It’s Elementary With ‘The Element in the Room’

Reading Time: 2 minutes
Image: Laurence King

It’s never too early to introduce your kids (or your neighbor’s kids or your sister’s kids or your grandkids) to the elements that make up our world. A brand new book, The Element in the Room: Investigating the Atomic Ingredients that Make Up Your Home, will help you do just that in a fun, informative way.

Inside the book, you’ll join Sherlock Ohms, the famous scientific detective, on a series of cases to investigate the chemical makeup of the everyday items in your house. He and his fellow investigators have fun with chemistry throughout the book, from being carried off by a bunch of balloons to making a battery out of lemons to studying a reflection in a mirror.

Who Is This Book For?

Anyone in your family will learn something from reading through this book. Even chemistry majors may not already know that there is chromium in rubies. Or that niobium is sometimes found in nose rings. No, it’s not all about jewelry. There are plenty of mentions of bodily functions (did you know that farts contain hydrogen?), household appliances, food, and housewares. But the book contains enough basics for kids and enough odd facts for grownups.

How Is the Book Organized?

The book begins with an overview of atoms and elements, protons and electrons, and the Big Bang and the Periodic Table. It then describes how atoms bond together (like “gangs”) to make molecules. Next, the book jumps right into each of the elements, organized by their place in the Periodic Table of Elements, starting with hydrogen and continuing all the way to element 118, oganesson! Scattered throughout the book are 10 Atomic Comics which describe the journey that scientists have taken over the centuries to discovering these elements adding a History of Science element. Then, the back of the book has a helpful glossary and index.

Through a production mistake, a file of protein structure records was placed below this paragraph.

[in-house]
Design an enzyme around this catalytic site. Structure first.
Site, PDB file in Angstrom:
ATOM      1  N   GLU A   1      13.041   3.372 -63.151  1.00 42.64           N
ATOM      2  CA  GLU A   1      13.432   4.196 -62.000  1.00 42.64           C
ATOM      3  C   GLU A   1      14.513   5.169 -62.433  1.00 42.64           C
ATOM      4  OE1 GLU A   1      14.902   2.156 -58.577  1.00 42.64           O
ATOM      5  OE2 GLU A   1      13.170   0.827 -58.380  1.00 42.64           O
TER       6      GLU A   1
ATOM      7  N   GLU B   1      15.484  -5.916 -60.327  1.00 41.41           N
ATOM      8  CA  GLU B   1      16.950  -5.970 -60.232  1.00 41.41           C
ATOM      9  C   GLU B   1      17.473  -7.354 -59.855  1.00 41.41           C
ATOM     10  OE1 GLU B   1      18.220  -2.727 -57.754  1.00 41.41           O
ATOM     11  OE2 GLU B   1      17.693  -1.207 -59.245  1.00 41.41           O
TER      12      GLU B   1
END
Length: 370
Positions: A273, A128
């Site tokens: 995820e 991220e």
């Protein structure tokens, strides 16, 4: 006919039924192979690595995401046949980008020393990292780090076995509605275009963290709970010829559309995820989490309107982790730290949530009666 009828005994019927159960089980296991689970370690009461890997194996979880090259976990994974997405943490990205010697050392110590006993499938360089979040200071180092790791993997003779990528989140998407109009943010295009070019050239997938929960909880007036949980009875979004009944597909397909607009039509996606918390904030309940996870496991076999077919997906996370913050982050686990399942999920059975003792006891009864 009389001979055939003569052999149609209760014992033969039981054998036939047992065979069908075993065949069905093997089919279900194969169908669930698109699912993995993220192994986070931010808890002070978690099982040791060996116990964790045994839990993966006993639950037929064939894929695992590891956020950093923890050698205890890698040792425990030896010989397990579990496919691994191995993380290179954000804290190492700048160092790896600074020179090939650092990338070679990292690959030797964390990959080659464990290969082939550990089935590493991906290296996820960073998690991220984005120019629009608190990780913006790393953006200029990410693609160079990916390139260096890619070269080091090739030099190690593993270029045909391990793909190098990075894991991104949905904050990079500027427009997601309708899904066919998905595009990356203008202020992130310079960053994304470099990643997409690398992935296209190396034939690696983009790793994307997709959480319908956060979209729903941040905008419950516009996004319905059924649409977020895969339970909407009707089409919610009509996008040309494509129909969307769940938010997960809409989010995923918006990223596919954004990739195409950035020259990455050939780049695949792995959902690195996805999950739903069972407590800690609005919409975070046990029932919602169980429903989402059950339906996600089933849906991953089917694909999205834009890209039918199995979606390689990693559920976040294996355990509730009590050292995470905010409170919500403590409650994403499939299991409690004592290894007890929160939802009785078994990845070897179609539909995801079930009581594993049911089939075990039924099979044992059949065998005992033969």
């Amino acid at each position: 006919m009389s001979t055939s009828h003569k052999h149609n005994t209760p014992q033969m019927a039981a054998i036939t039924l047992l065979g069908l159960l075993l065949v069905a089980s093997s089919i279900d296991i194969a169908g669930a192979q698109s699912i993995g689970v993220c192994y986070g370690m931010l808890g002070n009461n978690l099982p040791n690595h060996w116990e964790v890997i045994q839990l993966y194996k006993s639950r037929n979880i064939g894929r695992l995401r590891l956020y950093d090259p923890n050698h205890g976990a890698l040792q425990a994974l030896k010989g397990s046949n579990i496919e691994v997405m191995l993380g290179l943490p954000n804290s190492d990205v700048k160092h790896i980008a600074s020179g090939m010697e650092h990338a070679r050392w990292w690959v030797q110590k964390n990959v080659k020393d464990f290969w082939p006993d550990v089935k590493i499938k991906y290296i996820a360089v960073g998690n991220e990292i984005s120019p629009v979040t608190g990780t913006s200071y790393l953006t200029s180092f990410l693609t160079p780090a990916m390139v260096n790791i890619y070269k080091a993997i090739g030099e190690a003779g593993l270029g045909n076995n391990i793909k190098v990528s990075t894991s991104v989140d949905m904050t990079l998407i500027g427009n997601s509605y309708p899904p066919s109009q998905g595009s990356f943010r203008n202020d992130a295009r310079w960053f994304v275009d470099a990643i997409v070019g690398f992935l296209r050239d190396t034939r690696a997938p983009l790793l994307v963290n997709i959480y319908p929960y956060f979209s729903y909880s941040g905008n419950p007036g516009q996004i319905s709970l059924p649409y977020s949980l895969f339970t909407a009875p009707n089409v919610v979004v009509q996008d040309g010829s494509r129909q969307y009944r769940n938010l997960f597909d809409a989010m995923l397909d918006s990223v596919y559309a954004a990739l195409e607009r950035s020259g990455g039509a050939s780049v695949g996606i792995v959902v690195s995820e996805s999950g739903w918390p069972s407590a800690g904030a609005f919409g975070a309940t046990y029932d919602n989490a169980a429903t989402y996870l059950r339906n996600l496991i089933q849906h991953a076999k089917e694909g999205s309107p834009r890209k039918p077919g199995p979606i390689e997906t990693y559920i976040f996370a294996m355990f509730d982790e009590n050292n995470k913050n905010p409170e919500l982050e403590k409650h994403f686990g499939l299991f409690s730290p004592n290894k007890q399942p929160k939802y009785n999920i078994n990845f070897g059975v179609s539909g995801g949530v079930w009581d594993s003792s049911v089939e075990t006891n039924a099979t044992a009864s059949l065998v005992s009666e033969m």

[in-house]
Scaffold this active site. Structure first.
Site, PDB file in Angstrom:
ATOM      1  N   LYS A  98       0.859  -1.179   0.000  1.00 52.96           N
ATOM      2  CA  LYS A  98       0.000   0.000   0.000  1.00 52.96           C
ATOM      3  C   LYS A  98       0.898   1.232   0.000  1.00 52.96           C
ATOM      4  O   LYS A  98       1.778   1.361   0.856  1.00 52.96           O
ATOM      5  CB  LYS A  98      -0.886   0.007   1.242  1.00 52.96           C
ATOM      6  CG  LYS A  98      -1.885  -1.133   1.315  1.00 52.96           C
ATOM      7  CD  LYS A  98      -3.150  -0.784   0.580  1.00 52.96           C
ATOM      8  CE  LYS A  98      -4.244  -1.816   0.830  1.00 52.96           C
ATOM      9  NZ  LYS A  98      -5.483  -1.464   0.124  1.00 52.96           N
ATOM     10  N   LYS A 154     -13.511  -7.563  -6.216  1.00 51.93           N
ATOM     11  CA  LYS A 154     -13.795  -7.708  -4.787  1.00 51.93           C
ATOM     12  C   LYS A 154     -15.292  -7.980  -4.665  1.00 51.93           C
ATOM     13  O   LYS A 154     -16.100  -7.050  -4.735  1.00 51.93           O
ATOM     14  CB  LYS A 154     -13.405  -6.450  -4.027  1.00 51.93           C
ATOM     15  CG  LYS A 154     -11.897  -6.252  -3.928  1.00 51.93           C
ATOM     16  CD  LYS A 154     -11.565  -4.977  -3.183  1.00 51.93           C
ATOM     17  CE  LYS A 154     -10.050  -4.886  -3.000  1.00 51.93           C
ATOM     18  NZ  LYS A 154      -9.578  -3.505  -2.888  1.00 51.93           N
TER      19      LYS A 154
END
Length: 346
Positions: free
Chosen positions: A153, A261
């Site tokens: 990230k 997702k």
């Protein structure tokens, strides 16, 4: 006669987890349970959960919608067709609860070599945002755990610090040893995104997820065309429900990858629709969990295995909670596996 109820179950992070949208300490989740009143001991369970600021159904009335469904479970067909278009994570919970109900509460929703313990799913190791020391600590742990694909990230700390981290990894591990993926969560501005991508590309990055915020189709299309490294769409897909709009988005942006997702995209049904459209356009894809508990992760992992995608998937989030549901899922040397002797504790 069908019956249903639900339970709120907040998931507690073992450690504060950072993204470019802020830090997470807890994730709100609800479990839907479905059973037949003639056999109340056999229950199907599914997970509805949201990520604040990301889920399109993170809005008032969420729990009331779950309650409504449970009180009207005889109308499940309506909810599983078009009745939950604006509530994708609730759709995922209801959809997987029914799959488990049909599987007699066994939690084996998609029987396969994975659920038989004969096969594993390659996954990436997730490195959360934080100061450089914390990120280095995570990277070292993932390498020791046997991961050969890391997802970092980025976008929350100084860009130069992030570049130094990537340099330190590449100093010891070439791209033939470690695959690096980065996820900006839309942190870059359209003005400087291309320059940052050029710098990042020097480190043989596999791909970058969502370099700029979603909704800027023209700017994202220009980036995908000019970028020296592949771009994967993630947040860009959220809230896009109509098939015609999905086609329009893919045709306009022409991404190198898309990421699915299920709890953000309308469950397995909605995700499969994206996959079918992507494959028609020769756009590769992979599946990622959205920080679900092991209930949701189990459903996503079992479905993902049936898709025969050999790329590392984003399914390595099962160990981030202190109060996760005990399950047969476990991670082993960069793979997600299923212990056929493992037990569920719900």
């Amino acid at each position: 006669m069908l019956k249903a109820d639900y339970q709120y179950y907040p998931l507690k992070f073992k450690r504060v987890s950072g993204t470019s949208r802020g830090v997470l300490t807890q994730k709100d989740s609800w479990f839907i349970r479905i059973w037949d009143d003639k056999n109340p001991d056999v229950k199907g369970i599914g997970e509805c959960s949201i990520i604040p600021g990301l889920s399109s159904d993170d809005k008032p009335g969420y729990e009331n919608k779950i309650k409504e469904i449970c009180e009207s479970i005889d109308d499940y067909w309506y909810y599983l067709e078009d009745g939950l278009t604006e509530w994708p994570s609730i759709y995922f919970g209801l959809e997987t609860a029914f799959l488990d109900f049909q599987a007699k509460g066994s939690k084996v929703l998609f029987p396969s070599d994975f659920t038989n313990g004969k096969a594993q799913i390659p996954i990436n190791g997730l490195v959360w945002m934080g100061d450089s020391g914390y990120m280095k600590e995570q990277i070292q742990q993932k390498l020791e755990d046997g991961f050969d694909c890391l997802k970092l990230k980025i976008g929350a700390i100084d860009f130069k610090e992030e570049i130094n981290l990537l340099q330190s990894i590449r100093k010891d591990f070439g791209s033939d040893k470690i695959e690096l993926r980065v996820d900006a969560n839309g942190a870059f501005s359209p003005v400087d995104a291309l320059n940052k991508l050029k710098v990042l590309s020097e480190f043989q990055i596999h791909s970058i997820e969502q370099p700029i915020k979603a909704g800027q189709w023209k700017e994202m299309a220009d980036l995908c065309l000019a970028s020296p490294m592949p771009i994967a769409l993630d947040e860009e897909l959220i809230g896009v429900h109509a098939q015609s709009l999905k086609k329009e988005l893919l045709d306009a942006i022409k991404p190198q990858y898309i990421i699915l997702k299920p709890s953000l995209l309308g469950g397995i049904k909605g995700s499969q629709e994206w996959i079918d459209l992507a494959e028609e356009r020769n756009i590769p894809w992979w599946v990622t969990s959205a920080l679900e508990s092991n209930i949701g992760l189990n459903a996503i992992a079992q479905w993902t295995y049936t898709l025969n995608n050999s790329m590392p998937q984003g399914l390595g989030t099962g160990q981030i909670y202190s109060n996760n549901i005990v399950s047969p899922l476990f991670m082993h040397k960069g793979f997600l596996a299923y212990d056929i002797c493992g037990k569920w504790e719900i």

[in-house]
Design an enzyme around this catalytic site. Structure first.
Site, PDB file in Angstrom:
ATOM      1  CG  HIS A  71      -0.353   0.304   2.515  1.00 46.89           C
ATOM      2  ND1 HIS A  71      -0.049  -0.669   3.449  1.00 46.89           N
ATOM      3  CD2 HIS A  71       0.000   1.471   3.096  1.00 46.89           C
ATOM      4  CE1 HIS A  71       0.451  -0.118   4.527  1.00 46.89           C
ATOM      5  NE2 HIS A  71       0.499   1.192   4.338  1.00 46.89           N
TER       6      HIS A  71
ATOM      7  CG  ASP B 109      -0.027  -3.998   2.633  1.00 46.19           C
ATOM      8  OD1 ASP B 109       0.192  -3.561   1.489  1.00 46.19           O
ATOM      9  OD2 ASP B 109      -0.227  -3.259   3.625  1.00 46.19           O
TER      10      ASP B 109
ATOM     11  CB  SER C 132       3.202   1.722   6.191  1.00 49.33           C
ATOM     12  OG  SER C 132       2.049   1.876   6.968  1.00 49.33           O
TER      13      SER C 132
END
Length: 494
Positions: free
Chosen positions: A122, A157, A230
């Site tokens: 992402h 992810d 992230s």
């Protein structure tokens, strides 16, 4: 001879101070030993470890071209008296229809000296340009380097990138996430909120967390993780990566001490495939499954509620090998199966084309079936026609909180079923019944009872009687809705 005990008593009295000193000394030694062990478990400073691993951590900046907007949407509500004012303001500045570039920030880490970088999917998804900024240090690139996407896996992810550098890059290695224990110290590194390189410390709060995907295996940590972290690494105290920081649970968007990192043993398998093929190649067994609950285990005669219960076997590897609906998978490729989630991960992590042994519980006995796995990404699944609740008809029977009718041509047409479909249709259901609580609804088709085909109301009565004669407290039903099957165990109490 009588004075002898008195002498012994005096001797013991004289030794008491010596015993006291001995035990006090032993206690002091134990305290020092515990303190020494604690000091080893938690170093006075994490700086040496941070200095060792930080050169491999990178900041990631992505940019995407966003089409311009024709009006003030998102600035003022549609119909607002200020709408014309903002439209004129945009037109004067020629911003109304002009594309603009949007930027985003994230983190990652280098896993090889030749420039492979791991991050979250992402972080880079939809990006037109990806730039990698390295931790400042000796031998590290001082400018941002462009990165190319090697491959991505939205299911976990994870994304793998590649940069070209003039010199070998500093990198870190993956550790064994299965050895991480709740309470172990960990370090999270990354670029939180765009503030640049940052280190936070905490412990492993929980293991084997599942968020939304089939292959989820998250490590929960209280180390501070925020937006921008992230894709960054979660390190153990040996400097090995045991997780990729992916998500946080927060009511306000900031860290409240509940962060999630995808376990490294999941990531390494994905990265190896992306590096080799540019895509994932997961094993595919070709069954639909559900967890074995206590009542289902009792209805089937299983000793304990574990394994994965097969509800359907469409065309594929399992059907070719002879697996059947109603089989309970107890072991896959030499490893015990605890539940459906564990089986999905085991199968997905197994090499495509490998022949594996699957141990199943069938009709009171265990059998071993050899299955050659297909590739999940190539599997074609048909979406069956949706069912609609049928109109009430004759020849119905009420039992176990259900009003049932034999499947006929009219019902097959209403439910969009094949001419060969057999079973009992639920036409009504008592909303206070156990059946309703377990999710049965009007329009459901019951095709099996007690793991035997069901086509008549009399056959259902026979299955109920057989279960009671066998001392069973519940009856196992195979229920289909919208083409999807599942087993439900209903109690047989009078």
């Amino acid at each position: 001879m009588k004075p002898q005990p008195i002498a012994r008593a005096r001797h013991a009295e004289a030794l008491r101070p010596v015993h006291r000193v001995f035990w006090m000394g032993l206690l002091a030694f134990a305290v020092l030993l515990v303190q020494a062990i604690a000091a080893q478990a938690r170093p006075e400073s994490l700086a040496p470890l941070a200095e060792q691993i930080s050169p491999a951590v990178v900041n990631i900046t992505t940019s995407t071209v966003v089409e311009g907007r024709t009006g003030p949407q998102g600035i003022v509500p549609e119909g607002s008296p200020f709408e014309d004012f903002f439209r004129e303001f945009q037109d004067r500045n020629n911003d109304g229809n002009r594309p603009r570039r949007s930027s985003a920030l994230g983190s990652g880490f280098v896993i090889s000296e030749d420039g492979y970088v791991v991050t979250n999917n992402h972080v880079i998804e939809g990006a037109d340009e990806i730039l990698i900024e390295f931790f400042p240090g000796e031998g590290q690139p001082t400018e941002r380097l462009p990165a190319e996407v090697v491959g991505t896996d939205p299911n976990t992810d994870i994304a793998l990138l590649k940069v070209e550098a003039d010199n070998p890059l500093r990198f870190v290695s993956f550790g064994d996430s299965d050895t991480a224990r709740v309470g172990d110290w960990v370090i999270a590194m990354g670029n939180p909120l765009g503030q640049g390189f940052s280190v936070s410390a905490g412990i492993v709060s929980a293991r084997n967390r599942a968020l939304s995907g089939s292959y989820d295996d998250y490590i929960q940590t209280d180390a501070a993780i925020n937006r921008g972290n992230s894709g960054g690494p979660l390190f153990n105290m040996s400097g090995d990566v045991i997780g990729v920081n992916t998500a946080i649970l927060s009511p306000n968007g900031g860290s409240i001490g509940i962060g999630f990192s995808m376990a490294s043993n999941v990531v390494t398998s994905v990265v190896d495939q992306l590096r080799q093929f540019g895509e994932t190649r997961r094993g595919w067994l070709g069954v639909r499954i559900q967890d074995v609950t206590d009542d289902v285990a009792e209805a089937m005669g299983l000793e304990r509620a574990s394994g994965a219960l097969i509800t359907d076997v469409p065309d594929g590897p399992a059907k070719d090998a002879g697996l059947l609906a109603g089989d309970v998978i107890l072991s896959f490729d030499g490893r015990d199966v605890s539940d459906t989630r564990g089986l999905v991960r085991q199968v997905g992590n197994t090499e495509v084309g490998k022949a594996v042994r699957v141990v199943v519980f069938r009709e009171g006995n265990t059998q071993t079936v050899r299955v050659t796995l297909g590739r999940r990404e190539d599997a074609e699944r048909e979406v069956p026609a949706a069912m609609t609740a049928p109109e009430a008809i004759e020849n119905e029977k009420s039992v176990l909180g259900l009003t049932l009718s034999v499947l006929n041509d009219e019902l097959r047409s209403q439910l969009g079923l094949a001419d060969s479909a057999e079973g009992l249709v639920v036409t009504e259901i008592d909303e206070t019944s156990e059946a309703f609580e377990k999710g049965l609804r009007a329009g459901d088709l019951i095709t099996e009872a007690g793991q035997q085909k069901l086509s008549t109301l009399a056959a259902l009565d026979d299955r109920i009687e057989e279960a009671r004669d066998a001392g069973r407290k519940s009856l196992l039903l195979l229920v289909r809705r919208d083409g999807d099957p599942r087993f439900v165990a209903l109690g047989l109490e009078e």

What Information Is Included for Each Element?

Photo: Jenny Bristol, of the interior of the book

The section for each element includes its name, symbol, atomic number, traits of the element, and descriptions of how it’s isolated or extracted, where it’s found, and more. There are also notes for its appearance, any elements of danger (ha!), and what that element’s superpower might be (indicated with the star). There is a special “Find It In:” section for each element that describes where in your house you might find it. For instance, you’d find molybdenum in peas, lentils, and car parts. You’d find aluminum in drink cans, toothpaste, computers, DVDs, and the powder inside an Etch-a-Sketch. And, of course, you’d find oxygen in air, water, rust, and chocolate. (See? Chocolate is necessary for life.) Each element has plenty of descriptive text, and most of them have sidebars for related topics, such as PVC in the chlorine section and beach sand in the silicon section.

Why Should I Buy This Book?

If you or your kids love science, The Element in the Room is an amusing way to work more education into storytime or into free reading. It can be used as a reference book for younger kids, or it would be an ideal way to feed a special interest in chemistry. The book is quite big, measuring in at almost 9 1/2″ x 12″, which makes it easy for kids and families to gather ’round, looking at different parts of each page and enjoying the experience.

C’mon. Let’s do science!

Note: I received a copy of this book for review purposes.

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